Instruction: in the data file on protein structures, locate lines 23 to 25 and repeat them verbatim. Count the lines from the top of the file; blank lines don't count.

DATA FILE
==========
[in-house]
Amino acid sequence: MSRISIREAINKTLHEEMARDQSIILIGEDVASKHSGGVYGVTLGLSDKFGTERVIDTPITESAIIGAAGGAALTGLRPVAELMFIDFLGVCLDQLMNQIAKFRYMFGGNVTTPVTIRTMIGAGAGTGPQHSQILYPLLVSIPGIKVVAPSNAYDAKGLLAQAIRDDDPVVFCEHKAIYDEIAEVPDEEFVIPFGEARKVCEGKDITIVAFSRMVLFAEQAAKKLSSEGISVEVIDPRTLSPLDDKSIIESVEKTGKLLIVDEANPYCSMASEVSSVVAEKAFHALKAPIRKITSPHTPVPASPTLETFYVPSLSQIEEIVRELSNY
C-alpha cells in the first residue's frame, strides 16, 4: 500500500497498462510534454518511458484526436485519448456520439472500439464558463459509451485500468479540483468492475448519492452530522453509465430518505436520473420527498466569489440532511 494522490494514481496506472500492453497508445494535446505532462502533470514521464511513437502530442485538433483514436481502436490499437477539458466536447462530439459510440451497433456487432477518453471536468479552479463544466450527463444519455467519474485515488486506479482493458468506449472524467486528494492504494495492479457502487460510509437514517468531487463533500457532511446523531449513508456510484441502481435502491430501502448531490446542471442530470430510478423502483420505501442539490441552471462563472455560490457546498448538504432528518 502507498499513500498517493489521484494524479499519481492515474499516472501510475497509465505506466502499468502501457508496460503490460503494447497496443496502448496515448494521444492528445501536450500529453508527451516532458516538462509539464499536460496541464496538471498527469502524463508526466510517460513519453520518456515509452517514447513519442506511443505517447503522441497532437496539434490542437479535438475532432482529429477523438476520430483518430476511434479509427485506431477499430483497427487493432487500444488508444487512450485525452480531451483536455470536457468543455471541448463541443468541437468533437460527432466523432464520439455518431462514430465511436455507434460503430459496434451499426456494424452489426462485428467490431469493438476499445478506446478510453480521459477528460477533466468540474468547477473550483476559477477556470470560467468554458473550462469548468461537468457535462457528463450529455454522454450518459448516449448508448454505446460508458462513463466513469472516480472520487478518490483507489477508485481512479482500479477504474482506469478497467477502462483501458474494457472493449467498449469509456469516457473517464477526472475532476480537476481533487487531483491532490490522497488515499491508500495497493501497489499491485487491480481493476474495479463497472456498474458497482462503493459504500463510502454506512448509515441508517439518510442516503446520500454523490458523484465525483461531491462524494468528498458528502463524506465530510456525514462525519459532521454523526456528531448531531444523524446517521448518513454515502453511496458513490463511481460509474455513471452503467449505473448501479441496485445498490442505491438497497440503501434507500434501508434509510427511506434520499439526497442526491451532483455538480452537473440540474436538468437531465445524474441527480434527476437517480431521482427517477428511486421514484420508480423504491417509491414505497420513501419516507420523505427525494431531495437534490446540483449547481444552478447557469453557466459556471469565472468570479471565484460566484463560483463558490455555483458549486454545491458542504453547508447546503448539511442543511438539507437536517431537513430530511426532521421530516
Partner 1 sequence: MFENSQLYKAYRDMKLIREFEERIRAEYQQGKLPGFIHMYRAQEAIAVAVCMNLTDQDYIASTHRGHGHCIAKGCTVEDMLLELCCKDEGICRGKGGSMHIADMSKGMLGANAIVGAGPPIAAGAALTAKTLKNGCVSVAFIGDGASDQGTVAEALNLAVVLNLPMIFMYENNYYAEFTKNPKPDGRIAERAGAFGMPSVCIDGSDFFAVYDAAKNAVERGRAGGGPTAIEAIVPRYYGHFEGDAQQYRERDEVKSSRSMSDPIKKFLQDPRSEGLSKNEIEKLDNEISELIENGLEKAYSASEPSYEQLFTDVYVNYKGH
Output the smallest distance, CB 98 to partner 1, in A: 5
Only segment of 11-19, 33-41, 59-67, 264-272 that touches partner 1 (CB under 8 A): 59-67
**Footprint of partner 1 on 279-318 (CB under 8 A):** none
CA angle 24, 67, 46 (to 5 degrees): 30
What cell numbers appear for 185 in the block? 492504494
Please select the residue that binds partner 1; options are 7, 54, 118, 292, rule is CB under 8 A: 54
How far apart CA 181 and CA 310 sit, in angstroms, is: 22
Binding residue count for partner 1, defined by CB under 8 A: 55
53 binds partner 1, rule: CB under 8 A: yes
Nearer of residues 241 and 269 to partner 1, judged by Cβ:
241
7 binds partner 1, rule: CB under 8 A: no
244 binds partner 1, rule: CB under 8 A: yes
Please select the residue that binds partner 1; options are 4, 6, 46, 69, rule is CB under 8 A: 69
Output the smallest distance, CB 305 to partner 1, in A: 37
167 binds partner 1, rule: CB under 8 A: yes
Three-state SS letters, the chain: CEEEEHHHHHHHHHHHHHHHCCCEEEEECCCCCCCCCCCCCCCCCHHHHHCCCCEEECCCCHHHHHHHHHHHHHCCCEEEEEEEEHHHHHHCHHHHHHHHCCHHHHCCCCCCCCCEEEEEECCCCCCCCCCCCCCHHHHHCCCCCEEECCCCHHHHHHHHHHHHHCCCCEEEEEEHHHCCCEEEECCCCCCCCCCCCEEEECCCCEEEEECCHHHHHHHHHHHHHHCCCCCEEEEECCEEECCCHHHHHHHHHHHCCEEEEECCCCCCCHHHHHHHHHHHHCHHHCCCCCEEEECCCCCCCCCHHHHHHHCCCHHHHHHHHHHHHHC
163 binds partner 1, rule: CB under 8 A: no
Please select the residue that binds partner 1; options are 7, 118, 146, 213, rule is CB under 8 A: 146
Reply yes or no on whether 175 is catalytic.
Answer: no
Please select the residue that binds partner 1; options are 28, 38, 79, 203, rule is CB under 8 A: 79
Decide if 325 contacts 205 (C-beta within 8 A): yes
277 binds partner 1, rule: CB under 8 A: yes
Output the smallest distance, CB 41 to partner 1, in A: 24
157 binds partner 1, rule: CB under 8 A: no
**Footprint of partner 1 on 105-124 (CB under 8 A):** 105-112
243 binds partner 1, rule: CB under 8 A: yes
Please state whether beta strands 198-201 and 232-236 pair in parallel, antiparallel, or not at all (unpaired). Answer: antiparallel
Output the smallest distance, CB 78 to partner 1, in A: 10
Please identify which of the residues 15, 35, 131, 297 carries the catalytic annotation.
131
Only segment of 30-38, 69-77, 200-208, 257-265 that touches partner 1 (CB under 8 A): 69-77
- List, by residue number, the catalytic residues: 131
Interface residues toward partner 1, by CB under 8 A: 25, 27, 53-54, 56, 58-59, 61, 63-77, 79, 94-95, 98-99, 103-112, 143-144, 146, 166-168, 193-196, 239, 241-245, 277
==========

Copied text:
Please select the residue that binds partner 1; options are 7, 118, 146, 213, rule is CB under 8 A: 146
Reply yes or no on whether 175 is catalytic.
Answer: no